Food banks for pets are appearing across the country to help pet owners who have fallen on hard times. Many people are forced to give up their pets when they run into financial difficulties. But the food banks could prevent animals from being handed into rescue centres or simply abandoned.
Scottish Pet Food Bank
Audrey Teller and her partner Stewart run a Pet Food bank serving central Scotland. This is run from their home where they store food for different animals including dogs, cats, fish, rabbits and hamsters. The food has taken over a spare room and a neighbour's garage. The couple rely on donations from retailers and the public and report that they are experiencing a huge demand for the service.
When All Else Has Been Lost
Those who have lost their jobs or who are on benefits sanctions struggle to feed their animals and are often obtaining much of their own food from food banks. Audrey and Stewart have fed 650 animals since they started the service in 2016. They believe that pets are particularly important to those who have lost everything else. Pets can be a reason for owners to carry on when they feel that life is hopeless. The unconditional love of an animal can bring comfort and hope to those who are most in need of support.
Pet Food Banks Around the Country
Denbighshire's first pet food bank was established by Marjorie Summerfield. She believes that it is better for animals to stay with their owners and hopes that her service is ensuring that this happens more often. Another pet food bank founder, Lisa Parratt, from Market Harborough, recently told BBC Radio Leicester "We've been open officially a week and a half - and so far we've had three people come forward for help already. "People may be struggling for a variety of reasons. Some pet food banks will ask for evidence that those who approach them are on benefits or are pensioners. However, many food banks will take people at their word. But how many pet owners are struggling to feed their animals?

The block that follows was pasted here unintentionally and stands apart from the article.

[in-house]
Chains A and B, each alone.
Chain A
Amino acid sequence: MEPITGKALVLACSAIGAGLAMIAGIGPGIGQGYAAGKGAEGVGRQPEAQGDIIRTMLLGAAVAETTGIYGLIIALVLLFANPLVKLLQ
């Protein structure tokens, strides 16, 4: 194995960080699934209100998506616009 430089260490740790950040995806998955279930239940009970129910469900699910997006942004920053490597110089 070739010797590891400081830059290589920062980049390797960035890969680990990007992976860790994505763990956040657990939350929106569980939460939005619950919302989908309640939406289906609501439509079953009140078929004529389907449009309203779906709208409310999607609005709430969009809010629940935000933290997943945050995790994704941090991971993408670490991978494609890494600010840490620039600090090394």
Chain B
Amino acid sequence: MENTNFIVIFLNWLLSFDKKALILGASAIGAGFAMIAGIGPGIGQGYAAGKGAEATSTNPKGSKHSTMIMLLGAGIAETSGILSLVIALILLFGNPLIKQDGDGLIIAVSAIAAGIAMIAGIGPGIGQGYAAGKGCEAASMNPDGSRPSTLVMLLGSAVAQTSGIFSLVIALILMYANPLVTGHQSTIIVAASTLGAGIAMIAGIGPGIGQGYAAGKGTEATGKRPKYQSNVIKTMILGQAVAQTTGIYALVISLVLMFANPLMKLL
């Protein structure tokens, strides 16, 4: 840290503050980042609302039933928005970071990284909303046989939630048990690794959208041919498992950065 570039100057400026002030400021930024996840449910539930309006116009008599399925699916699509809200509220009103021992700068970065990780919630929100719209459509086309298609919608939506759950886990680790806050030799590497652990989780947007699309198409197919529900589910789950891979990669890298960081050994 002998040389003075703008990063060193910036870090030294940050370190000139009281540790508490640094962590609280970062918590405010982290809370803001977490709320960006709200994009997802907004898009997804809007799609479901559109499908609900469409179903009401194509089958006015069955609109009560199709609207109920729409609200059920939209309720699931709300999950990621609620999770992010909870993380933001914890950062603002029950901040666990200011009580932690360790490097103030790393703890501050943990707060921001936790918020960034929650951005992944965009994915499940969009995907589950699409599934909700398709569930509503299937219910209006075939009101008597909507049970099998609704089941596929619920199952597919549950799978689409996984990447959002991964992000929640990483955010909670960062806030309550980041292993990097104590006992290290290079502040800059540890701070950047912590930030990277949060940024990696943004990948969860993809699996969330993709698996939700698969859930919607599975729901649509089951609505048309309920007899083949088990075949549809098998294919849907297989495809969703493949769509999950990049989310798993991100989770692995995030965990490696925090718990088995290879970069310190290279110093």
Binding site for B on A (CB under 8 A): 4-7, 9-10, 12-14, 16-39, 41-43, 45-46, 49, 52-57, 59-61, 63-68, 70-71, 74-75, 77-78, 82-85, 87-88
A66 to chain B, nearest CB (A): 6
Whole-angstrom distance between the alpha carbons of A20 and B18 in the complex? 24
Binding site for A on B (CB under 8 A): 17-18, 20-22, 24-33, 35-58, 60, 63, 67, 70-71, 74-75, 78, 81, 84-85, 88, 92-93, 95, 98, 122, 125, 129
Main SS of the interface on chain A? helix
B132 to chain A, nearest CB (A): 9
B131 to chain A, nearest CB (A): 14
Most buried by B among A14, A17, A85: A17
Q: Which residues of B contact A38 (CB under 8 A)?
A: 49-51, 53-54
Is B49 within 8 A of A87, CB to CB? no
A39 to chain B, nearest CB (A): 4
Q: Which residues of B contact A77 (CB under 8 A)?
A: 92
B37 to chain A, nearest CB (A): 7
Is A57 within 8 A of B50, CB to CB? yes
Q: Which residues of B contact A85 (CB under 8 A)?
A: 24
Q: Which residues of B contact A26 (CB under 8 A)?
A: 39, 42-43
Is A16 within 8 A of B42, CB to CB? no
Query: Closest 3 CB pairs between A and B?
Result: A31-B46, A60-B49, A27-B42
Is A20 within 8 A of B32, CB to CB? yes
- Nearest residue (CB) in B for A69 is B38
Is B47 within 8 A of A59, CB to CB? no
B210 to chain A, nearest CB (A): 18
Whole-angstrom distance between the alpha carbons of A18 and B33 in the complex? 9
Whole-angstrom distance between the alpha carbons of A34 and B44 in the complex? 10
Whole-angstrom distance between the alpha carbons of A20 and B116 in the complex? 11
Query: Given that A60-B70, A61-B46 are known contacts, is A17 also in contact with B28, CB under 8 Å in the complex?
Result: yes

Pet Rescue Centres
Battersea Dogs and Cats Home, which typically takes in 7, 000 animals a year, has said that most pet owners do not like to admit their financial difficulties when they are giving up their pet up for adoption. They are more likely to provide a vague reason such as mentioning that their circumstances have changed or that they are moving house. This makes it hard to know how many pet owners are forced to give up their pets purely for financial reasons.
Christmas and Pets
The weeks in the lead up to Christmas often see more pets handed in to rescue centres. People prioritise buying presents for their family over the needs of their pets. The food banks are clearly helping those in trouble to cope but food is only part of the problem. Pets also need veterinary care which can be very costly indeed. Do you think that pet food banks are a good idea? Would you consider starting one?